Association football, or soccer, is the world’s most popular team sport, and according to a 2011 survey it is the most popular sport among New Zealanders aged between 5 and 18.
Football is contested between two teams of 11 players. Each team has a goalkeeper who is the only player allowed to use hands on the ball during open play. Players attempt to work together to kick or head a spherical ball into the opposing team’s goal.
It is traditionally a winter sport played on a large, rectangular grass field. However, various forms of casual, indoor or beach soccer, usually involving smaller sides, are played all year round. The game’s rules and requirements in terms of equipment and facilities are comparatively simple, which may help explain its extraordinary global appeal.
The modern game owes its rules – and names – to the Football Association founded in England in 1863. ‘Soccer’, although often dismissed as an Americanism, is a 19th-century English name derived from the word ‘association’.
New Zealand origins
From the mid-19th century British seafarers, soldiers and settlers introduced various forms of football to New Zealand. In the absence of organised competitions, players and even clubs often switched between association football, rugby union, Victorian (Australian) rules and Gaelic football, or played hybrid forms.
Early team sizes varied and it is not always clear from reports which game was being played, or even what shape the ball was. During its marathon 1888–89 tour of Britain and Australia the New Zealand Native rugby team played nine matches under Victorian rules and two under association rules.
The Wellington Football Association was formed in 1890 and the following year ran its first championship. It was contested by four clubs and won by Petone. Facilities were primitive. English migrant Harry Power recalled an 1894 visit to ‘the old Thorndon Recreation ground to see Diamond and Thorndon in action on a hard piece of turf with a concrete pitch in the centre … every time [the ball] hit the cottages it was a throw-in.’1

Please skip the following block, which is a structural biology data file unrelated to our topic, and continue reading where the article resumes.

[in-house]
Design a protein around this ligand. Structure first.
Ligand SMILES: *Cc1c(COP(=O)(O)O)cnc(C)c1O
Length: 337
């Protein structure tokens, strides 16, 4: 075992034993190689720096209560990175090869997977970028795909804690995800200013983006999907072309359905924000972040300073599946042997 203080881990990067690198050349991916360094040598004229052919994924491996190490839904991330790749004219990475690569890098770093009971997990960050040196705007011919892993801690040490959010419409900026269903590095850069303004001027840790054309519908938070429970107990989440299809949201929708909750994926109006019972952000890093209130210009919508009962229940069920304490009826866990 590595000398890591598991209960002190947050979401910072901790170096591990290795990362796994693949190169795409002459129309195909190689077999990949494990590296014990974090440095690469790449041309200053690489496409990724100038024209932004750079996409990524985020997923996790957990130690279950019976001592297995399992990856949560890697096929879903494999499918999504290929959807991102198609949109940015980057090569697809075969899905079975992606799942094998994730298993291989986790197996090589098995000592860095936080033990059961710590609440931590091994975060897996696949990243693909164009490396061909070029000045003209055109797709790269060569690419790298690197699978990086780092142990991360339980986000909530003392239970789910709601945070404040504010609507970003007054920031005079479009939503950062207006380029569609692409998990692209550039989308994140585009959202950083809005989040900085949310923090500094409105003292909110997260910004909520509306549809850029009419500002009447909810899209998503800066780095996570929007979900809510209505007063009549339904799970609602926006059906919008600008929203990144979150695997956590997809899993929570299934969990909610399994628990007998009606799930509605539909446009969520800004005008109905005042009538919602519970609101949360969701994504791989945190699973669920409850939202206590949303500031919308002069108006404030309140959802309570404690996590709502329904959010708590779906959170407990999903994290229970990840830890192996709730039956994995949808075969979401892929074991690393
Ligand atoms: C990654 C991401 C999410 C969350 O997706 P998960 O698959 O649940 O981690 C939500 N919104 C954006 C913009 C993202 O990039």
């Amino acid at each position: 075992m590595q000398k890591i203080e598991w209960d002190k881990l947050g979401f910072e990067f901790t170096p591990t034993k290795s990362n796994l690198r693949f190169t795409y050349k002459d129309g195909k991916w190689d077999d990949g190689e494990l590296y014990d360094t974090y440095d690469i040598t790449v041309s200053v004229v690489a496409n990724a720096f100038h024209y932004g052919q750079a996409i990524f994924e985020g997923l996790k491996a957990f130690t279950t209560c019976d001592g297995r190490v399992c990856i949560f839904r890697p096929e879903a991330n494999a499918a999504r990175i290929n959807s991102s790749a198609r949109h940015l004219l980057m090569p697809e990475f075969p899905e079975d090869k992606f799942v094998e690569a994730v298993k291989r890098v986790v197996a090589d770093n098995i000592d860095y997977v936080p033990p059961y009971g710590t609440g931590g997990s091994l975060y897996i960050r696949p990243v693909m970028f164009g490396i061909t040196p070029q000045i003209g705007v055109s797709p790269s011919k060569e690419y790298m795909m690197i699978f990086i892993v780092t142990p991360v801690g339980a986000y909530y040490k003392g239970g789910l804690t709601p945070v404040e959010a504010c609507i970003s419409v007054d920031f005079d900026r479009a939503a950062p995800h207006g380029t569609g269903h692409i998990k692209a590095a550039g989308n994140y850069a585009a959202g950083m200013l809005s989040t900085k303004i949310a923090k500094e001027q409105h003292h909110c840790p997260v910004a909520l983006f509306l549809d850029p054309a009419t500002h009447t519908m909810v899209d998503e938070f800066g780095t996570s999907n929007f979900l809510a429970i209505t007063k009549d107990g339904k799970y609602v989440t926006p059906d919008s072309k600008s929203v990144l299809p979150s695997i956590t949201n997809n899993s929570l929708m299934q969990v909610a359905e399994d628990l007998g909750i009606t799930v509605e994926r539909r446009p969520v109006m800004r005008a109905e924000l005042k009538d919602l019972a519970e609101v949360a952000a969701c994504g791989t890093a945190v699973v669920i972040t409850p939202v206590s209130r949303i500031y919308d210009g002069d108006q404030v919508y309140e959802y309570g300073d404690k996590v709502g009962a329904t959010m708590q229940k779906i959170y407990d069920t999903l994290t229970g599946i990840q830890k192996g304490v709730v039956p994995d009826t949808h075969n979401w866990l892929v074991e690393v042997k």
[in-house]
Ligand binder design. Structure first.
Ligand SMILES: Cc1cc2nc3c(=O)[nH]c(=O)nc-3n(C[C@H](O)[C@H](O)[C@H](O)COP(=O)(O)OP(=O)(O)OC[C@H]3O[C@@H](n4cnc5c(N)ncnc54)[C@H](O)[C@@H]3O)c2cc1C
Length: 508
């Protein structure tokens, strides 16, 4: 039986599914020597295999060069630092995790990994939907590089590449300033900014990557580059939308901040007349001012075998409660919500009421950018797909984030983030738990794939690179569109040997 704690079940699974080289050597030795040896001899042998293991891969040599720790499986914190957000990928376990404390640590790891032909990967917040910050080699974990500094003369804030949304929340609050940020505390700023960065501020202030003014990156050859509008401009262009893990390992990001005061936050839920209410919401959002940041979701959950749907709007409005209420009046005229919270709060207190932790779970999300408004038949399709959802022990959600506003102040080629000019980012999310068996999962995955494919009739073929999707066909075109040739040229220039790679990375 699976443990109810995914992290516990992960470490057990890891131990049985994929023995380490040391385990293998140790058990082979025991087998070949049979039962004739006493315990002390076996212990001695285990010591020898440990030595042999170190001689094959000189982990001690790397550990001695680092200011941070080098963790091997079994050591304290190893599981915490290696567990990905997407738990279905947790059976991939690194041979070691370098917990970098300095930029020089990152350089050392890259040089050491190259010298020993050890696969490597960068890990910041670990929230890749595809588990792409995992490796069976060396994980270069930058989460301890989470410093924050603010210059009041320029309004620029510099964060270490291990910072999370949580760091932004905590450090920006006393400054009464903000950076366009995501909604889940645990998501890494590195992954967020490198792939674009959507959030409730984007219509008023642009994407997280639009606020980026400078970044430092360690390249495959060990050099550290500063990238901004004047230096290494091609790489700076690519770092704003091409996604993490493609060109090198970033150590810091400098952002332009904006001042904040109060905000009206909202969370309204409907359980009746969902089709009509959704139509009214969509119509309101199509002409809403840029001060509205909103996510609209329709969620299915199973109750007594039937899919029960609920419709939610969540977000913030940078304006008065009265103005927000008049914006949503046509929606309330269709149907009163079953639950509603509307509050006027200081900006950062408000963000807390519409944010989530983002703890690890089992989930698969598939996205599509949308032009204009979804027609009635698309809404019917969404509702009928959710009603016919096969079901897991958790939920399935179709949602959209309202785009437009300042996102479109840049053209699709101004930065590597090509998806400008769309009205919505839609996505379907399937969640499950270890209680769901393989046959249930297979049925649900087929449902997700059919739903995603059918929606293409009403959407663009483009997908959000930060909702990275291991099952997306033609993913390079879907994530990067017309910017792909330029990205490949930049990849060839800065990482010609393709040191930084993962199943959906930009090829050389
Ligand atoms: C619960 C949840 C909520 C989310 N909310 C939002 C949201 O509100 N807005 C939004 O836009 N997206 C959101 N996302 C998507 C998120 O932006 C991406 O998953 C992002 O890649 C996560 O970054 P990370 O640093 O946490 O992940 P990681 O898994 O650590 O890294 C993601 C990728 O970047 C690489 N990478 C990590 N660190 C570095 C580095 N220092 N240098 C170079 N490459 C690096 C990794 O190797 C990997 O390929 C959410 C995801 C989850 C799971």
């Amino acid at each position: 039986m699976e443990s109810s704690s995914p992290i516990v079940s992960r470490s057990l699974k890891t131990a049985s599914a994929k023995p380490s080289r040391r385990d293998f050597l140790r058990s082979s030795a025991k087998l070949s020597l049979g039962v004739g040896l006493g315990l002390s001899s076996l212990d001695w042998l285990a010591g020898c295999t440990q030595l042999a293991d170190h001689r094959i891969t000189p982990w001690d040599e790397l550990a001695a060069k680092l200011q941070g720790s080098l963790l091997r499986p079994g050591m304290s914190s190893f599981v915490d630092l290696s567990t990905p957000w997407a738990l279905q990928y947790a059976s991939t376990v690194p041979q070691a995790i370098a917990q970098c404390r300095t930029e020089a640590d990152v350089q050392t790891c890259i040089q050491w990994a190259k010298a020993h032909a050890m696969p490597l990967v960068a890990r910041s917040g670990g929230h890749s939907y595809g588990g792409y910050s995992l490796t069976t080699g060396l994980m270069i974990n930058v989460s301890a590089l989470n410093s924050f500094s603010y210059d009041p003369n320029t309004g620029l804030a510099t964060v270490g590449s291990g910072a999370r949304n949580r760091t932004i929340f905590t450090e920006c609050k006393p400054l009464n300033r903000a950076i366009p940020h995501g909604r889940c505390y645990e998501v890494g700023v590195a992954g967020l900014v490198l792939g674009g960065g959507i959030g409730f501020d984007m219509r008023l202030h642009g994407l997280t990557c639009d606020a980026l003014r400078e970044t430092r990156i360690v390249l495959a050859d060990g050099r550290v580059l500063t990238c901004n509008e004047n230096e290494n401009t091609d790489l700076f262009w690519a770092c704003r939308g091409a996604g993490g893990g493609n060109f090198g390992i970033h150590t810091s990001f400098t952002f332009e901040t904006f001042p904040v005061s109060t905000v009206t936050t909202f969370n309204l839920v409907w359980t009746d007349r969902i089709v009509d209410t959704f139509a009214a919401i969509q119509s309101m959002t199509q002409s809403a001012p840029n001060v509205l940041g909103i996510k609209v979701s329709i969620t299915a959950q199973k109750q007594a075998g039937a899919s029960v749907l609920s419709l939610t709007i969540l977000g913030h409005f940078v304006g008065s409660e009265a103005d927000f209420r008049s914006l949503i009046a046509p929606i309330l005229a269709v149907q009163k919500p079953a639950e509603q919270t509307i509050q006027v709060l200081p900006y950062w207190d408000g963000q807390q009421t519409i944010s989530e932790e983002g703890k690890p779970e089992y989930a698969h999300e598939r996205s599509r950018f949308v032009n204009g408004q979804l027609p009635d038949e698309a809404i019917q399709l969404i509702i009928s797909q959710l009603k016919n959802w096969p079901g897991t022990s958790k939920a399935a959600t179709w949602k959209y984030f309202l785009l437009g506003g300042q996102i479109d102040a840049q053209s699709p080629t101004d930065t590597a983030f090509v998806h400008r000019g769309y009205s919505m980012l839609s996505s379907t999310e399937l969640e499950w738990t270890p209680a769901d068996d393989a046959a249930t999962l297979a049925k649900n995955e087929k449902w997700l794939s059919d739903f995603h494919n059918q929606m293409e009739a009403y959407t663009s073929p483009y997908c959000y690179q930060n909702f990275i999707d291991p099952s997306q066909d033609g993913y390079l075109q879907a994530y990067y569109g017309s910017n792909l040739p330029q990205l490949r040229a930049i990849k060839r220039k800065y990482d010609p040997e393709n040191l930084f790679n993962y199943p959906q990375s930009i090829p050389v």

Regular association football matches can be traced to the early 1880s. The Canterbury Association Football Club organised its first game in April 1882, and played under association rules against Christ’s College and local rugby teams.
Devonport’s North Shore club was founded in 1886 and is widely recognised as the country’s oldest surviving club. By mid-1887 Auckland had 13 clubs. The New Zealand Football Association (NZFA) was established in Wellington in 1891.
First international matches
New Zealand played its first international matches in 1904. In 1922 it won the first ‘test’ series against Australia, beginning a long, familiar rivalry.
By the mid-1920s football boasted 460 clubs – second only to rugby’s 670. It had around 6,000 players, making it New Zealand’s third-most popular men’s team sport after rugby and cricket. However, in the middle of the century, rugby union began to dominate as the country’s leading winter sport, and the round-ball code was increasingly eclipsed.
The NZFA joined the Fédération Internationale de Football Association (FIFA) in 1948, and was a founder member of the Oceania Football Confederation in 1966. In a highly professional, mass-participation sport dominated by big European and South American nations, New Zealand struggled to make any impact on the international stage.
On the rise
From the 1970s a number of factors helped raise football’s profile in New Zealand. They included the establishment of a national league, strong growth in playing numbers – especially in women’s and children’s football – and the successful 1982 World Cup qualification campaign by the national men’s team, the All Whites.
Even so, the high visibility of British migrants in the All Whites, as well as in the game’s administration and domestic club scene, attracted negative comments. That changed over the following decades as the face of football became increasingly Kiwi.
According to a 2007–8 survey 5.5% of all New Zealanders aged 16 or above (more than 185,000 people) played outdoor football, with a further 73,000 playing indoors. Of those who played outdoors, more than a quarter were female and 44% were aged over 35.
More popular than ever
The early 21st century saw football’s popularity in New Zealand reach an all-time high. It was buoyed by the All Whites’ spirited appearance at the 2010 FIFA World Cup, the presence of the Wellington Phoenix club in Australia’s A-League, an increasing number of high-profile Kiwi-born professional players and extensive live television coverage of glamorous English and European competitions.
The NZFA is now known as New Zealand Football. It represents around 500 clubs in seven member federations, and fields eight national teams competing in various FIFA men’s, women’s, age group, indoor and outdoor competitions.
The real strength and potential of New Zealand football lay not just in its gradually improving elite performances, but in its burgeoning grassroots following. The game’s broad appeal – among men and women, adults and children, different ethnic groups, and serious and social participants – was arguably unmatched by any other sport in New Zealand.